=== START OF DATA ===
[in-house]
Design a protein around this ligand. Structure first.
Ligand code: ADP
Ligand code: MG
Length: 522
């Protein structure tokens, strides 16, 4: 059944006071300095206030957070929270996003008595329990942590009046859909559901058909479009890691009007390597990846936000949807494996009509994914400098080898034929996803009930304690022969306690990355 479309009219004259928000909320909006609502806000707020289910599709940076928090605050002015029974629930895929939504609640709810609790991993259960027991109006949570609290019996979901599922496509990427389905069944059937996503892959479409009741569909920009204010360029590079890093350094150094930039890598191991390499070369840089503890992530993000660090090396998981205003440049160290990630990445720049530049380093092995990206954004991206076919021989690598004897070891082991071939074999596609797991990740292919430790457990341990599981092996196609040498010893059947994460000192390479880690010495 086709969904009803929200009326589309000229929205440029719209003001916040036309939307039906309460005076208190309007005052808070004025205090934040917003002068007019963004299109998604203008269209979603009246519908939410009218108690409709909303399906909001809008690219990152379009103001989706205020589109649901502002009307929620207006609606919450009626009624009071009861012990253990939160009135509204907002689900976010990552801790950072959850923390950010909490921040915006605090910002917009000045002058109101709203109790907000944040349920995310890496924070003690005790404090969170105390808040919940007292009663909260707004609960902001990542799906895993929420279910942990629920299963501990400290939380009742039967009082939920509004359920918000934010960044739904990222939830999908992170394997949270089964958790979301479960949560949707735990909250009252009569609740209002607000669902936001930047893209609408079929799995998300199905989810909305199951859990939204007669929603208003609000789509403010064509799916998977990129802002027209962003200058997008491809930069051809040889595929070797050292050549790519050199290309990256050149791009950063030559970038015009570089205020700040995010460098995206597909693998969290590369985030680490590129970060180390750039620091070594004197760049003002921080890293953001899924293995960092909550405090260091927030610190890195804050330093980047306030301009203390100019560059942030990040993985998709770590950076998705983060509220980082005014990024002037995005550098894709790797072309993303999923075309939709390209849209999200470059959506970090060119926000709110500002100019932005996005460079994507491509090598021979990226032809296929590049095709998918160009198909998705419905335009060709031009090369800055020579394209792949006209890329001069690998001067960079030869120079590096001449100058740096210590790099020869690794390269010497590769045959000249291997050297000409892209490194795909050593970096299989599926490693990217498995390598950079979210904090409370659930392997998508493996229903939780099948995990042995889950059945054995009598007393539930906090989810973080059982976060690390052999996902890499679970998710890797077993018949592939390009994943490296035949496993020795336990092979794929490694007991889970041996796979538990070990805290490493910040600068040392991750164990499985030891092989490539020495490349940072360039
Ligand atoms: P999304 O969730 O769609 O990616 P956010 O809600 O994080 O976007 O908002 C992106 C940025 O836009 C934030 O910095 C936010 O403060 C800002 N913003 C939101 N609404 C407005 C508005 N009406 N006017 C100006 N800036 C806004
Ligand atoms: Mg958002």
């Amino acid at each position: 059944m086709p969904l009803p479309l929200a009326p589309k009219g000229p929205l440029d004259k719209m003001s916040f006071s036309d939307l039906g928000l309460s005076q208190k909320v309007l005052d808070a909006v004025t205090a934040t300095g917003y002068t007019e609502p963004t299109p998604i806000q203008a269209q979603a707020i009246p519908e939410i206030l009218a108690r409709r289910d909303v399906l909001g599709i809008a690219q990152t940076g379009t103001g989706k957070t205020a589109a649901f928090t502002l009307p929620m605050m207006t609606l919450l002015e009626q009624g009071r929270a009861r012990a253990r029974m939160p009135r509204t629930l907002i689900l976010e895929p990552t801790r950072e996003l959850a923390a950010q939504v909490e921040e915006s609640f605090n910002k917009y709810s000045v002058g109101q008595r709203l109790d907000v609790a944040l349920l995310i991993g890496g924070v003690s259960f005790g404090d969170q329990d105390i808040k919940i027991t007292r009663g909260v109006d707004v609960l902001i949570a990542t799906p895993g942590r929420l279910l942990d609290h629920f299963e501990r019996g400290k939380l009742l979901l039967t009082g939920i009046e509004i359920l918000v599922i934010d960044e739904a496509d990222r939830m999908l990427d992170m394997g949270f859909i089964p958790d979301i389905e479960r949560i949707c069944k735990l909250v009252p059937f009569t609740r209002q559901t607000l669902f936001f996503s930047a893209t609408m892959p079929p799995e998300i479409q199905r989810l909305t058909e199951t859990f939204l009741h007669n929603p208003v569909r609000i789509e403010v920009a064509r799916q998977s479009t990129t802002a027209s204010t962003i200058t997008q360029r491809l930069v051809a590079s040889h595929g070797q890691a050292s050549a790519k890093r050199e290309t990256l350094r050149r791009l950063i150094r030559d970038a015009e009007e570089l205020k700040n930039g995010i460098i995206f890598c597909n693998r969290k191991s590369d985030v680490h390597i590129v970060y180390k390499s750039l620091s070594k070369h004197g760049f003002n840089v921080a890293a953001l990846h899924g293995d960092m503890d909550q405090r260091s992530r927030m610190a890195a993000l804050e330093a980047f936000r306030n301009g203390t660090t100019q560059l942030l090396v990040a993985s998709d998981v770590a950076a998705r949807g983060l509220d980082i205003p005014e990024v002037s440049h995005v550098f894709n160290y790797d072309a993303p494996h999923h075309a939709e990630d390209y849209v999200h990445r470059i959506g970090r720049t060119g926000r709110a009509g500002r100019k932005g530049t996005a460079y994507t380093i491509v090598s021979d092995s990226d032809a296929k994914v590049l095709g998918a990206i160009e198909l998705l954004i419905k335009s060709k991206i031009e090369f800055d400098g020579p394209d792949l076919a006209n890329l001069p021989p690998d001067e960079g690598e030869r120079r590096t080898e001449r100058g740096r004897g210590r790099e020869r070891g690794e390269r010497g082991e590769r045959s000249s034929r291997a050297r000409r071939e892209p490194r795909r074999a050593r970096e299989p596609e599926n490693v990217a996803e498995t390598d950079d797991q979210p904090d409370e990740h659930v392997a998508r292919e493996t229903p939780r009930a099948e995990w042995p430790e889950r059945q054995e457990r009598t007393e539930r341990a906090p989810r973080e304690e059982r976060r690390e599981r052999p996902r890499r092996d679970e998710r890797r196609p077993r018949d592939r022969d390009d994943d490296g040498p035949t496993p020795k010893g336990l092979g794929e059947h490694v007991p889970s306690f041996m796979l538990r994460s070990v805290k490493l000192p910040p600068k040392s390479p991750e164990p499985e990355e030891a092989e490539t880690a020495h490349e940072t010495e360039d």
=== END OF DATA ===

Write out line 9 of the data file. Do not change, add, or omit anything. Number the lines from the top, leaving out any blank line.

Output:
């Amino acid at each position: 059944m086709p969904l009803p479309l929200a009326p589309k009219g000229p929205l440029d004259k719209m003001s916040f006071s036309d939307l039906g928000l309460s005076q208190k909320v309007l005052d808070a909006v004025t205090a934040t300095g917003y002068t007019e609502p963004t299109p998604i806000q203008a269209q979603a707020i009246p519908e939410i206030l009218a108690r409709r289910d909303v399906l909001g599709i809008a690219q990152t940076g379009t103001g989706k957070t205020a589109a649901f928090t502002l009307p929620m605050m207006t609606l919450l002015e009626q009624g009071r929270a009861r012990a253990r029974m939160p009135r509204t629930l907002i689900l976010e895929p990552t801790r950072e996003l959850a923390a950010q939504v909490e921040e915006s609640f605090n910002k917009y709810s000045v002058g109101q008595r709203l109790d907000v609790a944040l349920l995310i991993g890496g924070v003690s259960f005790g404090d969170q329990d105390i808040k919940i027991t007292r009663g909260v109006d707004v609960l902001i949570a990542t799906p895993g942590r929420l279910l942990d609290h629920f299963e501990r019996g400290k939380l009742l979901l039967t009082g939920i009046e509004i359920l918000v599922i934010d960044e739904a496509d990222r939830m999908l990427d992170m394997g949270f859909i089964p958790d979301i389905e479960r949560i949707c069944k735990l909250v009252p059937f009569t609740r209002q559901t607000l669902f936001f996503s930047a893209t609408m892959p079929p799995e998300i479409q199905r989810l909305t058909e199951t859990f939204l009741h007669n929603p208003v569909r609000i789509e403010v920009a064509r799916q998977s479009t990129t802002a027209s204010t962003i200058t997008q360029r491809l930069v051809a590079s040889h595929g070797q890691a050292s050549a790519k890093r050199e290309t990256l350094r050149r791009l950063i150094r030559d970038a015009e009007e570089l205020k700040n930039g995010i460098i995206f890598c597909n693998r969290k191991s590369d985030v680490h390597i590129v970060y180390k390499s750039l620091s070594k070369h004197g760049f003002n840089v921080a890293a953001l990846h899924g293995d960092m503890d909550q405090r260091s992530r927030m610190a890195a993000l804050e330093a980047f936000r306030n301009g203390t660090t100019q560059l942030l090396v990040a993985s998709d998981v770590a950076a998705r949807g983060l509220d980082i205003p005014e990024v002037s440049h995005v550098f894709n160290y790797d072309a993303p494996h999923h075309a939709e990630d390209y849209v999200h990445r470059i959506g970090r720049t060119g926000r709110a009509g500002r100019k932005g530049t996005a460079y994507t380093i491509v090598s021979d092995s990226d032809a296929k994914v590049l095709g998918a990206i160009e198909l998705l954004i419905k335009s060709k991206i031009e090369f800055d400098g020579p394209d792949l076919a006209n890329l001069p021989p690998d001067e960079g690598e030869r120079r590096t080898e001449r100058g740096r004897g210590r790099e020869r070891g690794e390269r010497g082991e590769r045959s000249s034929r291997a050297r000409r071939e892209p490194r795909r074999a050593r970096e299989p596609e599926n490693v990217a996803e498995t390598d950079d797991q979210p904090d409370e990740h659930v392997a998508r292919e493996t229903p939780r009930a099948e995990w042995p430790e889950r059945q054995e457990r009598t007393e539930r341990a906090p989810r973080e304690e059982r976060r690390e599981r052999p996902r890499r092996d679970e998710r890797r196609p077993r018949d592939r022969d390009d994943d490296g040498p035949t496993p020795k010893g336990l092979g794929e059947h490694v007991p889970s306690f041996m796979l538990r994460s070990v805290k490493l000192p910040p600068k040392s390479p991750e164990p499985e990355e030891a092989e490539t880690a020495h490349e940072t010495e360039d």